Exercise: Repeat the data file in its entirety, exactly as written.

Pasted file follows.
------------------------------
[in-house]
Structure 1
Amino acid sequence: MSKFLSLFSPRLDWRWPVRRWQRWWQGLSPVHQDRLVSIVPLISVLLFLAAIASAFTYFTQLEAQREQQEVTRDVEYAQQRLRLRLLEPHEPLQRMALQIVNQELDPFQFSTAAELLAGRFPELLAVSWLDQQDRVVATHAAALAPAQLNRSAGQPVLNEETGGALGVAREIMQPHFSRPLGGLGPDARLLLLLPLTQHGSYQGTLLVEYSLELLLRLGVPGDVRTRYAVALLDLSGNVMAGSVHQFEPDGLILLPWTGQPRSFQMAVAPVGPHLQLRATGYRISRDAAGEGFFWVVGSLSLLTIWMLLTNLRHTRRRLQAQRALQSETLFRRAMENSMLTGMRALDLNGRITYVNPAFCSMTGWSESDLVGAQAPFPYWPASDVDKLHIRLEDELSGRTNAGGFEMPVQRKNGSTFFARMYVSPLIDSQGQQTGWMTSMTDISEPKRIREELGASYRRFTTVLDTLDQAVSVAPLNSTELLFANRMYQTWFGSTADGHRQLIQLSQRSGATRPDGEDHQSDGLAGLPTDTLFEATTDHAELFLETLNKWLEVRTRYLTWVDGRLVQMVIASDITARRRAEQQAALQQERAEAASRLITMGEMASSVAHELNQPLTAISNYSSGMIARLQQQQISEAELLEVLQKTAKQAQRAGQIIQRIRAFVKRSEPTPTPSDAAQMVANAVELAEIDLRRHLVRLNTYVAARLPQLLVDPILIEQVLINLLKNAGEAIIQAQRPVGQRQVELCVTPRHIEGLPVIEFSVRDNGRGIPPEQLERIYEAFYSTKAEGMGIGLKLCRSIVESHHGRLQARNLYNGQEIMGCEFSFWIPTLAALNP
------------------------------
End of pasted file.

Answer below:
[in-house]
Structure 1
Amino acid sequence: MSKFLSLFSPRLDWRWPVRRWQRWWQGLSPVHQDRLVSIVPLISVLLFLAAIASAFTYFTQLEAQREQQEVTRDVEYAQQRLRLRLLEPHEPLQRMALQIVNQELDPFQFSTAAELLAGRFPELLAVSWLDQQDRVVATHAAALAPAQLNRSAGQPVLNEETGGALGVAREIMQPHFSRPLGGLGPDARLLLLLPLTQHGSYQGTLLVEYSLELLLRLGVPGDVRTRYAVALLDLSGNVMAGSVHQFEPDGLILLPWTGQPRSFQMAVAPVGPHLQLRATGYRISRDAAGEGFFWVVGSLSLLTIWMLLTNLRHTRRRLQAQRALQSETLFRRAMENSMLTGMRALDLNGRITYVNPAFCSMTGWSESDLVGAQAPFPYWPASDVDKLHIRLEDELSGRTNAGGFEMPVQRKNGSTFFARMYVSPLIDSQGQQTGWMTSMTDISEPKRIREELGASYRRFTTVLDTLDQAVSVAPLNSTELLFANRMYQTWFGSTADGHRQLIQLSQRSGATRPDGEDHQSDGLAGLPTDTLFEATTDHAELFLETLNKWLEVRTRYLTWVDGRLVQMVIASDITARRRAEQQAALQQERAEAASRLITMGEMASSVAHELNQPLTAISNYSSGMIARLQQQQISEAELLEVLQKTAKQAQRAGQIIQRIRAFVKRSEPTPTPSDAAQMVANAVELAEIDLRRHLVRLNTYVAARLPQLLVDPILIEQVLINLLKNAGEAIIQAQRPVGQRQVELCVTPRHIEGLPVIEFSVRDNGRGIPPEQLERIYEAFYSTKAEGMGIGLKLCRSIVESHHGRLQARNLYNGQEIMGCEFSFWIPTLAALNP